Faculty Sites

Luke Stein, Ph.D.

Assistant Professor of Finance

Finance Division
Babson College
224 Tomasso Hall
231 Forest Street
Babson Park, MA 02457


photo of luke stein

Refereed Publications

Financial inclusion, human capital, and wealth accumulation: Evidence from the Freedman’s Savings Bank

This paper studies how access to financial services among a previously unbanked group affects human capital, labor market, and wealth outcomes. We use novel data from the Freedman’s Savings Bank — created following the American Civil War to serve free Blacks — employing an instrumental variables strategy exploiting the staggered rollout of bank branches. Families with accounts are more likely to have children in school, be literate, work, and have higher occupational income, business ownership and real estate wealth. Placebo effects are not present using planned but unbuilt branches, or for Whites, suggesting significant positive effects of financial inclusion.

Independent executive directors: How distraction affects their advisory and monitoring roles

Active corporate executives are a popular source of independent directors. Although their knowledge, expertise, and network can bring value to firms on whose boards they sit, independent executive directors may be more likely to be distracted than other directors due to their outside executive roles. Using newly constructed data linking independent directors to their employers, we identify periods when employers’ poor performance may distract them from board service. We find that firms with distracted independent executive directors have lower performance and value, higher CEO compensation, reduced CEO turnover-performance sensitivity, lower earnings quality, and lower M&A performance. These adverse effects are mainly driven by distracted directors who sit on relevant committees, and are stronger for small boards.

The “visible hand”: Race and online market outcomes

We examine the effect of race on market outcomes by selling iPods through local online classified advertisements throughout the United States. Each advertisement features a photograph including a dark- or light-skinned hand, or one with a wrist tattoo. Black sellers receive fewer and lower offers than white sellers, and the correspondence with black sellers indicates lower levels of trust. Black sellers’ outcomes are particularly poor in thin markets (suggesting that discrimination may not “survive” competition among buyers) and those with the most racial isolation and property crime (consistent with channels through which statistical discrimination might operate).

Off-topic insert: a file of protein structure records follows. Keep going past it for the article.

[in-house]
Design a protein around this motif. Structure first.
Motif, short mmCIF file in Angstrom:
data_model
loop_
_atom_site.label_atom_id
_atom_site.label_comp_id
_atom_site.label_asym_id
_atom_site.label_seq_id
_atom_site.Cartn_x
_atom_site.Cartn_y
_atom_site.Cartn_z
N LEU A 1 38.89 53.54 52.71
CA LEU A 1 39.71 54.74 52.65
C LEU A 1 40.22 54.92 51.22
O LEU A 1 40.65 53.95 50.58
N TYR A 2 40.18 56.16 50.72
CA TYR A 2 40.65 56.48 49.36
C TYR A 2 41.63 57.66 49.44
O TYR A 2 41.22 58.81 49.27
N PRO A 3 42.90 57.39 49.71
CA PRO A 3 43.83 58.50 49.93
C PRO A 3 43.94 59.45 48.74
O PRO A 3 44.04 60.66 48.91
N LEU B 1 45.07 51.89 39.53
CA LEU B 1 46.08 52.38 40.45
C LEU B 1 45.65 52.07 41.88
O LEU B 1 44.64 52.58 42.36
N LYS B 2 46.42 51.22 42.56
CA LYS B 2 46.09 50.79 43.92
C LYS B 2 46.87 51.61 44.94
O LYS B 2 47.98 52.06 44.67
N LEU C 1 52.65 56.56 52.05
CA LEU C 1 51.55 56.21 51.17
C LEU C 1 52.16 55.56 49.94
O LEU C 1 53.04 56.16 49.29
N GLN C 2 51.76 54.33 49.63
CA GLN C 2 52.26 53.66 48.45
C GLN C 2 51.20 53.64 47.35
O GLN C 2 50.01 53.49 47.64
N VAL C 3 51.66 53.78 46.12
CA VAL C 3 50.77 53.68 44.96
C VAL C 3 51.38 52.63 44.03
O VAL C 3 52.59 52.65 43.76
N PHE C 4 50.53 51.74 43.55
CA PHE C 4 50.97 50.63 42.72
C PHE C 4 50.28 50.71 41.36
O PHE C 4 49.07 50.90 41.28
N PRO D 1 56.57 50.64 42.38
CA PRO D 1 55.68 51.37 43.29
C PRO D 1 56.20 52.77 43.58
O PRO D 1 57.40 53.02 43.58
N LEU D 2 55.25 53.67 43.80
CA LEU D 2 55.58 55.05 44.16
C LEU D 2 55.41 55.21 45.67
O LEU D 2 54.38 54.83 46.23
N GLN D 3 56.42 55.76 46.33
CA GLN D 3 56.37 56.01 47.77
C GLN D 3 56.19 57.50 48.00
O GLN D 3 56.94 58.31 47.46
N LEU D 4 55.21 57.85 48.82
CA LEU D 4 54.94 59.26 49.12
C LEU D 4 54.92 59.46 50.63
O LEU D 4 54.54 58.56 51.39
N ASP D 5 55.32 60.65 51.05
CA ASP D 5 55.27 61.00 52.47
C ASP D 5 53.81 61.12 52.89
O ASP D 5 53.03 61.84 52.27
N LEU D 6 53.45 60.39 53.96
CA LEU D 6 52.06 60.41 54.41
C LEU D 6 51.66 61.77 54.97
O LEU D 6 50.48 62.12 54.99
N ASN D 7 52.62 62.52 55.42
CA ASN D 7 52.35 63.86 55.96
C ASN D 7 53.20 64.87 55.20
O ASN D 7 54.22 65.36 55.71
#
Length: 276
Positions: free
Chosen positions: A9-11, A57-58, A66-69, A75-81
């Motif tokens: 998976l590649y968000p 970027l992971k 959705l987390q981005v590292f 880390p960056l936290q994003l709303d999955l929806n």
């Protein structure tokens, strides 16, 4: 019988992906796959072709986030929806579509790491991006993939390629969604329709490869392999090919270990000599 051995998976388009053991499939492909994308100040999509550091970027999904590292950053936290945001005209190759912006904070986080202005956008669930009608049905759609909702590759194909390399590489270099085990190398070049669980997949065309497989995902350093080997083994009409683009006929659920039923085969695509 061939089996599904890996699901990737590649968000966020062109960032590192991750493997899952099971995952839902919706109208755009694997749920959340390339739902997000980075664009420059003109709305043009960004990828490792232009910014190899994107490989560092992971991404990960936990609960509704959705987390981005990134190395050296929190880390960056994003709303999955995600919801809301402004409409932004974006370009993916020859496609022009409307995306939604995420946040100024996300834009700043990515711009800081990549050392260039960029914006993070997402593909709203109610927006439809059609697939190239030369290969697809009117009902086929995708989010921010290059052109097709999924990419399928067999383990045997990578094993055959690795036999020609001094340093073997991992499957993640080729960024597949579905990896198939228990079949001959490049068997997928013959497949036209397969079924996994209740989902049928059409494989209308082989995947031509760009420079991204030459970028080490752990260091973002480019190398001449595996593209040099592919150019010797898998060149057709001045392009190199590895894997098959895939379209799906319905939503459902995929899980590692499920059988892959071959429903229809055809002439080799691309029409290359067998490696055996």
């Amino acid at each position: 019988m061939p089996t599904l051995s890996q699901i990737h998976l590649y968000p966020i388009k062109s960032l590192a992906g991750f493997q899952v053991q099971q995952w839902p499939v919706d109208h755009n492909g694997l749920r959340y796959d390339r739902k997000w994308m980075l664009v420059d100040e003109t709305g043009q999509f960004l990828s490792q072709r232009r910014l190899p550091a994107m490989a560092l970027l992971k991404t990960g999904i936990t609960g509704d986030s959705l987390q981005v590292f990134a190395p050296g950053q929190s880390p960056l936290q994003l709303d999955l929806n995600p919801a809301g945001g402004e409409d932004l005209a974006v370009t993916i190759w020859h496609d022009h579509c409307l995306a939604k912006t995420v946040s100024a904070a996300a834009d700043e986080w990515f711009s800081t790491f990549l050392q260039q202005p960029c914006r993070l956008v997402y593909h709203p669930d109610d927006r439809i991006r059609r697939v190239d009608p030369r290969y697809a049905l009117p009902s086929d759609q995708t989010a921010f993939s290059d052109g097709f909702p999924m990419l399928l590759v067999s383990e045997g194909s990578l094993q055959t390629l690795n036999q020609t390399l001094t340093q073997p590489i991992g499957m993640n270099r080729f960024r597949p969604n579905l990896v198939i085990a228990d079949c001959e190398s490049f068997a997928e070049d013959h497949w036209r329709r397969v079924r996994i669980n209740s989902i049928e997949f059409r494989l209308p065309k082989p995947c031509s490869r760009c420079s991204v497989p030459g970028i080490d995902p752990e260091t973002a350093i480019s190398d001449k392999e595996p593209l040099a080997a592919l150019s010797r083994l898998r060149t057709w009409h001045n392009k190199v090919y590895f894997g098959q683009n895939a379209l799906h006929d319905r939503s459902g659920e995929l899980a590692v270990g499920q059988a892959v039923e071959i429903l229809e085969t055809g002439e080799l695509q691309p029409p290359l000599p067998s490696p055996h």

Working papers

Angels, entrepreneurship, and employment dynamics: Evidence from investor accreditation rules

Revision requested, The Journal of Financial Economics

This paper examines the effects of a shock to angel finance on entrepreneurial activity and employment. Using U.S. Census data, we estimate the state-level fraction of households that lost accreditation status from Dodd–Frank’s elimination of housing wealth in determining accreditation. A larger reduction in the pool of potential investors reduces firm entry and employment at small entrants, particularly in areas with alternate sources of financing. Employment increases at small and young incumbents, and relative wages for the startup sector decline, especially for high-skilled workers and industries. These results suggest that angels are an important source of entrepreneurial finance to high-quality, competitive firms.

The gendered impacts of perceived skin tone: Evidence from African-American siblings in 1870–1940

with Ran AbramitzkyJacob Conway, and Roy Mill

We study differences in economic outcomes by perceived skin tone among African Americans using full-count U.S. decennial census data from the late-19th and early-20th centuries. Comparing children coded as “Black” or “Mulatto” by census enumerators and linking these children across population censuses, we first document large gaps in educational attainment and income among African Americans with darker and lighter perceived skin tones. To disentangle the drivers of these gaps, we identify all 36,329 families in which enumerators assigned same-gender siblings different Black/Mulatto classifications. Relative to sisters coded as Mulatto, sisters coded as Black had lower educational attainment, were less likely to marry, and had lower-earning, less-educated husbands. These patterns are consistent with more severe contemporaneous discrimination against African-American women with darker perceived skin tones. In contrast, we find similar educational attainment, marital outcomes, and incomes among differently-classified brothers. Men perceived as African Americans of any skin tone faced similar contemporaneous discrimination, consistent with the “one-drop” racial classification rule that grouped together individuals with any known Black ancestry. Lower incomes for African-American men perceived as having darker skin tone in the general population were driven by differences in opportunities and resources that varied across families, likely reflecting the impacts of historical or family-level discrimination.

(This paper subsumes portions of (and supersedes) an earlier working paper coauthored with Roy Mill)

Economic uncertainty and earnings management